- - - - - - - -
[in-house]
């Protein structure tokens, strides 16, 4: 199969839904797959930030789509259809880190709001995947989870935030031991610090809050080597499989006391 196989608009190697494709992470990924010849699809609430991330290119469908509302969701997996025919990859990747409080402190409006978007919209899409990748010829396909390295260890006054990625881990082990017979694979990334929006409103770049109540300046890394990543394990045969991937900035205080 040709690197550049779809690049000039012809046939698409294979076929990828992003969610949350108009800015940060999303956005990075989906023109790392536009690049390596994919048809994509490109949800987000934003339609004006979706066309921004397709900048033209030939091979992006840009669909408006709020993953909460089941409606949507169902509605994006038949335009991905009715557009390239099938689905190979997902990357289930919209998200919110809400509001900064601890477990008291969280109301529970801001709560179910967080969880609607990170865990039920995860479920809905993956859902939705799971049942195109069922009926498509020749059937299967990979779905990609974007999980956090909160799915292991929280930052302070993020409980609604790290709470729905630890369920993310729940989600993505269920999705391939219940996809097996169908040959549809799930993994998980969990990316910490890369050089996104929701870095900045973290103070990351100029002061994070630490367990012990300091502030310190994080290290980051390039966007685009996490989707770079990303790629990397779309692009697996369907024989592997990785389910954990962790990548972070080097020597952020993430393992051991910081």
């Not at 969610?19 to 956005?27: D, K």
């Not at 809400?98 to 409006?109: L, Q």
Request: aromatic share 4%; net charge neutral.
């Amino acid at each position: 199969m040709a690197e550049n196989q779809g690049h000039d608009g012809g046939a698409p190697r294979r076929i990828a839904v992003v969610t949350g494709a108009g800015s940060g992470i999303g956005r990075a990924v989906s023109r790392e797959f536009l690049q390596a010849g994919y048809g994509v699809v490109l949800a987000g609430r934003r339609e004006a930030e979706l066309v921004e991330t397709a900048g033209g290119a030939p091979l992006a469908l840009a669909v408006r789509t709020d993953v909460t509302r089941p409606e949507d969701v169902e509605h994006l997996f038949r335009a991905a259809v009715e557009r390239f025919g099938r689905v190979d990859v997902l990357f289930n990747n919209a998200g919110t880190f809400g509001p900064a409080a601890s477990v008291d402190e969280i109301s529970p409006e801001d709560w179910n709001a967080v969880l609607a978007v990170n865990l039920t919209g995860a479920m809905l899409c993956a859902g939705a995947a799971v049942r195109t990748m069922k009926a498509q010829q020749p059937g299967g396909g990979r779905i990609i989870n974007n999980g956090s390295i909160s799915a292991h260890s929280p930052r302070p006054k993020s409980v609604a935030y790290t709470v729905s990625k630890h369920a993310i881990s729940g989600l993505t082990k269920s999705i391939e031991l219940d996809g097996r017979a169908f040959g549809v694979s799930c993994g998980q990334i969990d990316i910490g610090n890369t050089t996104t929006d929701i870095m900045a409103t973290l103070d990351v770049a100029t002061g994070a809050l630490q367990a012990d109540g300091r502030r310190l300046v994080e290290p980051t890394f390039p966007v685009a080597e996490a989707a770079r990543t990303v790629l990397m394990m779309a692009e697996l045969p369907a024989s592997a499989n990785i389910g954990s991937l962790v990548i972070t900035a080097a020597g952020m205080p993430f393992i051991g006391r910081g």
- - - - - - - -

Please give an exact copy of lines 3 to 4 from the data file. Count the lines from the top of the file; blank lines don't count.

């Not at 969610?19 to 956005?27: D, K």
């Not at 809400?98 to 409006?109: L, Q």